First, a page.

Friday, September 19, 2008

A Few Ups and Downs of Parenting

A funny tidbit:
Last month, I was battling a small cold. After a sneezing attack, Ruby advised me to take a cough drop: “Mom, you can get that thing what Daddy does to make your throat smell better.”

My children aren’t synchronized on their nap schedules: a thing I find slightly vexing. Some days, I may have ½ hour where they are all asleep—uh—in bed. (Ruby doesn’t take a nap most of the time. She has never been a fan of sleep and has boycotted naptime most days for over a year now.)

Even so, I find that I am a much better mama if I have had a break. Therefore, Ruby is not required to sleep, just be quiet in her bed. So, in this break (Haley fussing in the bassinet—hope she’ll succumb to sleep soon, R & C nearly to the end of supposed “naptime”) I’ll quickly post.

This morning, Ruby was playing with her doll. She kept getting it in and out of the crib, rocking on her rocking chair and talking to it about how it needed to go to sleep. I inquired as to what she was doing. She very calmly replied, “I have a baby and she’s 20 months old and she drives me nuts.”

When I watch my girls play “Mommy,” I am often amazed that they are so patient and kind to their dolls, and I wonder where they get that. Their babies are almost always naughty (what fun is it when your baby isn’t?), and I’ve overheard Claire sweetly say, “If you get out of your crib again, you will lose a privilege.”

It really convicts me to see them play with their dolls and set expectations, boundaries and consequences with their “children,” without getting riled up or short of temper. I’m sure I don’t look like that most of the time. Sometimes I watch them mimic me—cringing, one eye closed—afraid of what I look or sound like to them throughout the day. And when they do this with their dolls, I am almost certain that they don’t get it from watching me.

Yes, this parenting role has been challenging, to say the least. Like my dear friend E. and I were discussing a few weeks ago, sanctification is not an elective. I think one of the verses that I find most comforting at this time of extreme testing is Philippians 1:6 “being confident of this, that He who began a good work in you will carry it on to completion until the day of Christ Jesus.” God saves to sanctify—and eventually perfect—His children. Even though some days I see so much sin in my life that upon reflecting on the day I would almost swear I am more sinful than I was 10...5…2 years ago, I can know from God’s Word that if I am His child, the truth is that He is exposing more of my sin and working out His promise to finish what He started. From God’s perspective, I’m not getting worse; I’ve always been this sinful, and am more sinful than I can imagine—I’m glad I don’t know all He knows. I’m so grateful He doesn’t expose all my sin at once!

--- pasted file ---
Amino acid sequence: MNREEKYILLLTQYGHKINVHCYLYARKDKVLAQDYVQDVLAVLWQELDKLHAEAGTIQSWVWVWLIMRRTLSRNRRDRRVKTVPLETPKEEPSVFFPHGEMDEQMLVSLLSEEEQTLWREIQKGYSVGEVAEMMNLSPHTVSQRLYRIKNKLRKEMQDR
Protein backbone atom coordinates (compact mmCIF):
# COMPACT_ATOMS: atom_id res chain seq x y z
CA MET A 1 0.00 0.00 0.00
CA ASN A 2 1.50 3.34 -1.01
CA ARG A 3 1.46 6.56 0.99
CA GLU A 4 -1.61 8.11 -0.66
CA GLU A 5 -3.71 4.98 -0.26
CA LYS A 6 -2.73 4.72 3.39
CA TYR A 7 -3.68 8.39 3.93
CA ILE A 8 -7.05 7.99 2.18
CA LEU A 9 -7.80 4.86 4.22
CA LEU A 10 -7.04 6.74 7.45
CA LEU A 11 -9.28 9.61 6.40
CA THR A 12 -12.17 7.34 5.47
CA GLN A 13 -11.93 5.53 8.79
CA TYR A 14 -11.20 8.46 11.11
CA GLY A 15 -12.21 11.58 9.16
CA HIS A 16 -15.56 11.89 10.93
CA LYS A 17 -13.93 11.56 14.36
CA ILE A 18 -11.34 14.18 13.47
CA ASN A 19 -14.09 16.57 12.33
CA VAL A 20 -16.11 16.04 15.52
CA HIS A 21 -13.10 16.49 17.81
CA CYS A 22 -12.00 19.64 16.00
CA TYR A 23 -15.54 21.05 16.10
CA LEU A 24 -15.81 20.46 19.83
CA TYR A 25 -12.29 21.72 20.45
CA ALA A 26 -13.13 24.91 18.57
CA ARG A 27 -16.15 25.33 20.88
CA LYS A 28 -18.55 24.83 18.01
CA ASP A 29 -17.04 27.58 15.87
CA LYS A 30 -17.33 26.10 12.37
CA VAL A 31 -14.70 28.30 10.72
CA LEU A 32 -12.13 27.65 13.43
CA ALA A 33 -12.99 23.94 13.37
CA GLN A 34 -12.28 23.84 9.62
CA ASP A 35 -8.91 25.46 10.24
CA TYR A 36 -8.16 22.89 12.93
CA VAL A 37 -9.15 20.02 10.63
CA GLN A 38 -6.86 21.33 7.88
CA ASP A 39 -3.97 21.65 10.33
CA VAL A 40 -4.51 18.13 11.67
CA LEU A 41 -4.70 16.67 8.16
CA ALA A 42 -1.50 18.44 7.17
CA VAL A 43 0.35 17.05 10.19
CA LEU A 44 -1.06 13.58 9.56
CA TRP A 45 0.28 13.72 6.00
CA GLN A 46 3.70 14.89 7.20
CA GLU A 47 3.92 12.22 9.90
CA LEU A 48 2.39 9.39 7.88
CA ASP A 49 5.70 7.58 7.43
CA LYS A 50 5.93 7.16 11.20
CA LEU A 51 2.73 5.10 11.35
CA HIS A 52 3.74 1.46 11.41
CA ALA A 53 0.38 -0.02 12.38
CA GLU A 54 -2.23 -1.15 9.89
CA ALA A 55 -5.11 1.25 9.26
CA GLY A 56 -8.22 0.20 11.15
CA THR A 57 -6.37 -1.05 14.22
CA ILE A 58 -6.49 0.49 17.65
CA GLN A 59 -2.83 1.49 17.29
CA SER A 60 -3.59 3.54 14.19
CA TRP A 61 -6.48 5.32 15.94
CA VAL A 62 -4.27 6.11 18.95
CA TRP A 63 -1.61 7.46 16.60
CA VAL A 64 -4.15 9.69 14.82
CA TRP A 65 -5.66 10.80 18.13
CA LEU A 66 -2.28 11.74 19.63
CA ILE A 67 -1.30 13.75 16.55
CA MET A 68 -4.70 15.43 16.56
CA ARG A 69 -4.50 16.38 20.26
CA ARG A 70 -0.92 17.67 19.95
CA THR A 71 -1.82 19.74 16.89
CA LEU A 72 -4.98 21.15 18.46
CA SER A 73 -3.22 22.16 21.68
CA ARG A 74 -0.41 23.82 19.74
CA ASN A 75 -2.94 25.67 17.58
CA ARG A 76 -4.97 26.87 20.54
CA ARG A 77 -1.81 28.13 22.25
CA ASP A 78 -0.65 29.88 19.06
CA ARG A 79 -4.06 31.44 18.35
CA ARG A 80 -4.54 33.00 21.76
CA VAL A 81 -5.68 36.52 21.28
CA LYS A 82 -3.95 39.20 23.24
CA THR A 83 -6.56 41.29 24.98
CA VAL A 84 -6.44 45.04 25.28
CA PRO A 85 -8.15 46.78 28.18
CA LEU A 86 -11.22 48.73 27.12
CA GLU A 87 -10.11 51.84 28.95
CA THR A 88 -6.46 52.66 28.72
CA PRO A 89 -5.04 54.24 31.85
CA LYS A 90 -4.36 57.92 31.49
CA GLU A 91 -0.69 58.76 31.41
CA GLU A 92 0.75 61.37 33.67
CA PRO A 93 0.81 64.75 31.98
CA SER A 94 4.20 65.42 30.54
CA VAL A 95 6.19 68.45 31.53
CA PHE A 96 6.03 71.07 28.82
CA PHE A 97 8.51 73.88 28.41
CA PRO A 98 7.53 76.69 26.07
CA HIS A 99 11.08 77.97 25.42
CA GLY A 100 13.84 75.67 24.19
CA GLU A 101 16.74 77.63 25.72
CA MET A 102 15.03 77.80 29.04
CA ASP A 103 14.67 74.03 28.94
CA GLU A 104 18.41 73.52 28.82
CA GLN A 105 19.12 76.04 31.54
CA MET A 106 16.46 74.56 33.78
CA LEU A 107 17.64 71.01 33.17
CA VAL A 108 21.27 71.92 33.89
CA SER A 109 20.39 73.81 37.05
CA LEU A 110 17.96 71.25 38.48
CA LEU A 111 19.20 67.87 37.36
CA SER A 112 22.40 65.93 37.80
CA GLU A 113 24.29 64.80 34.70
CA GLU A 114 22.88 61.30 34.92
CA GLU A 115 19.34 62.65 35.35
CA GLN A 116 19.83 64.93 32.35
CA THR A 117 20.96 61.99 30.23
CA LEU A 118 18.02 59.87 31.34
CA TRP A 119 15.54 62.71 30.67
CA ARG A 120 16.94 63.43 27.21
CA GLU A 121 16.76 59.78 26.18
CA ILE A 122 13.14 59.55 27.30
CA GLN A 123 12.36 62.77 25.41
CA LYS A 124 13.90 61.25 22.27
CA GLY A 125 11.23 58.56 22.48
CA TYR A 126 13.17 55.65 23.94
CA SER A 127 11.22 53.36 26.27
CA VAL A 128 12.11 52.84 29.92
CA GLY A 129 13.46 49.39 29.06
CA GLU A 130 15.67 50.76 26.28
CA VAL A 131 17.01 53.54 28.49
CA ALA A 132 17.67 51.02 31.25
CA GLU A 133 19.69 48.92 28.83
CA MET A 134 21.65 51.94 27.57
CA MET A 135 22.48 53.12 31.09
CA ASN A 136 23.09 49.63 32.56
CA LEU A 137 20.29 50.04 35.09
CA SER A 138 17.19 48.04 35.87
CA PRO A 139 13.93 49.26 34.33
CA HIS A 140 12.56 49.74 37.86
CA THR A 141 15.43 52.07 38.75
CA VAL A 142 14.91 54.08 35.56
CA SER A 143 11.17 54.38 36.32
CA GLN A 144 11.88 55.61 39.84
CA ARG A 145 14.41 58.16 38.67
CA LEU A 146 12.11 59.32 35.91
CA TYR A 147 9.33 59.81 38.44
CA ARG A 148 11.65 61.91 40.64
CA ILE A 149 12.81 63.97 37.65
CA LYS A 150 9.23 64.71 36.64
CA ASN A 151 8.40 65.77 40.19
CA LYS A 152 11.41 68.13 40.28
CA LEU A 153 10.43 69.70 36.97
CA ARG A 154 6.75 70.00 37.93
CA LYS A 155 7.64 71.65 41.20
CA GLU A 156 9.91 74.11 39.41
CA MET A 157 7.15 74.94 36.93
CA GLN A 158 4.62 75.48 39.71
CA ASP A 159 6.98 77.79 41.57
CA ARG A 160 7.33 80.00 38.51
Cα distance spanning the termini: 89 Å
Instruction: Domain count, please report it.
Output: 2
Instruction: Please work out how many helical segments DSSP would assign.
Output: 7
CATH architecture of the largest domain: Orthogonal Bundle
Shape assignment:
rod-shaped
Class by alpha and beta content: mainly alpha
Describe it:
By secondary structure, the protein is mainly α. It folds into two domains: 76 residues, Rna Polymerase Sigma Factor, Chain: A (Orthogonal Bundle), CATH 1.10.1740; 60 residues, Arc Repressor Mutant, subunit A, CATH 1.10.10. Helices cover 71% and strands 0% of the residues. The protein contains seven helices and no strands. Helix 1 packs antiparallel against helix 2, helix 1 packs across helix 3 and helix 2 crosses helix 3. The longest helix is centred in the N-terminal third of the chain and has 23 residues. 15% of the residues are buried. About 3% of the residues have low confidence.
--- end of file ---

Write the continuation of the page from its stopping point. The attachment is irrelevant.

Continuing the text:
My friend Josanna was able to stay with us last night, on her way from CA to TX. My girls have such fun with her. I remember when I used to be fun with children, too.

Okay. Naptime’s over. Let the good times begin

Thursday, September 18, 2008

You Might be a Mom to Three Short People If. . .

You are grateful for six hours of uninterrupted sleep.

You finish a phone conversation, take off your glasses, then realize you meant to hang up the phone.

There are days that you consider yourself successful if, at the end of the day, everyone is still alive and you got a shower to boot.

Your showers are accompanied by at least one other person, unless you take one at 6 a.m., 3 p.m. or 9 p.m.

Grocery shopping by yourself refreshes and renews you.

Despite your couch looking like this most of the week:

or at best, this:

your husband is just grateful to have something clean to wear to work.

A date with your husband consists of putting the children to bed and zoning out to a movie in the next room.

When someone at the store snidely jokes that you need to figure out "what causes that," you think to yourself: "I'm not sure I can remember."

You marvel at the thought that some people actually need to use birth control at this stage to keep from getting pregnant again.

You congratulate your children for doing things like this:

When pulling into a parking lot, your first objective is no longer to find the space closest to the store, but the cart corral.

A suggestion from your husband that you go to a coffee shop and blog for an hour makes you giddy with excitement.

You can't remember the last time you had both a warm meal AND two free hands.

Upon your infant's cry of hunger, two non-lactating short people offer--and attempt--to breastfeed her.

You let them.

You consider it "a break" to go anywhere with only one or two of your children.

You have found yourself in a public bathroom stall with all three children, holding 2 of them.

Throughout the day, you periodically burst into melodramatic and sarcastic renditions of theme songs from Little Einstein or Super Readers.

You wonder if your brain cells will ever regenerate enough for you to have an intellegent conversation.

You don't remember if or when you've ever had one.

You can tell what time of day it is, based on the cleanliness of your shirt

At bedtime, you can easily identify a half-dozen stains and/or bodily fluids on said shirt.

Almost none of said bodily fluids belong to you.

You are grateful for this.

You lose your train of thought mid-sentence.

It takes a few minutes for either you or your husband to notice. . .

and . . .

It really isn't worth the effort to figure out what you were saying .